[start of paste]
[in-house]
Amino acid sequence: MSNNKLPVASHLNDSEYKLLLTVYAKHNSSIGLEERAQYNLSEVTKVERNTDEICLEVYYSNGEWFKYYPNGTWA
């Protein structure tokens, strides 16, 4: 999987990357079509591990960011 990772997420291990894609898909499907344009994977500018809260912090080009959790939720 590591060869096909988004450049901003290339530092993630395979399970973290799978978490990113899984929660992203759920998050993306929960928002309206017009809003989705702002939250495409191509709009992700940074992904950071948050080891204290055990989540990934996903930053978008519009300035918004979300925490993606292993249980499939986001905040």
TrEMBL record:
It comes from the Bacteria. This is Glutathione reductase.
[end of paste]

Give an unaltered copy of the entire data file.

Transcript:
[in-house]
Amino acid sequence: MSNNKLPVASHLNDSEYKLLLTVYAKHNSSIGLEERAQYNLSEVTKVERNTDEICLEVYYSNGEWFKYYPNGTWA
């Protein structure tokens, strides 16, 4: 999987990357079509591990960011 990772997420291990894609898909499907344009994977500018809260912090080009959790939720 590591060869096909988004450049901003290339530092993630395979399970973290799978978490990113899984929660992203759920998050993306929960928002309206017009809003989705702002939250495409191509709009992700940074992904950071948050080891204290055990989540990934996903930053978008519009300035918004979300925490993606292993249980499939986001905040």
TrEMBL record:
It comes from the Bacteria. This is Glutathione reductase.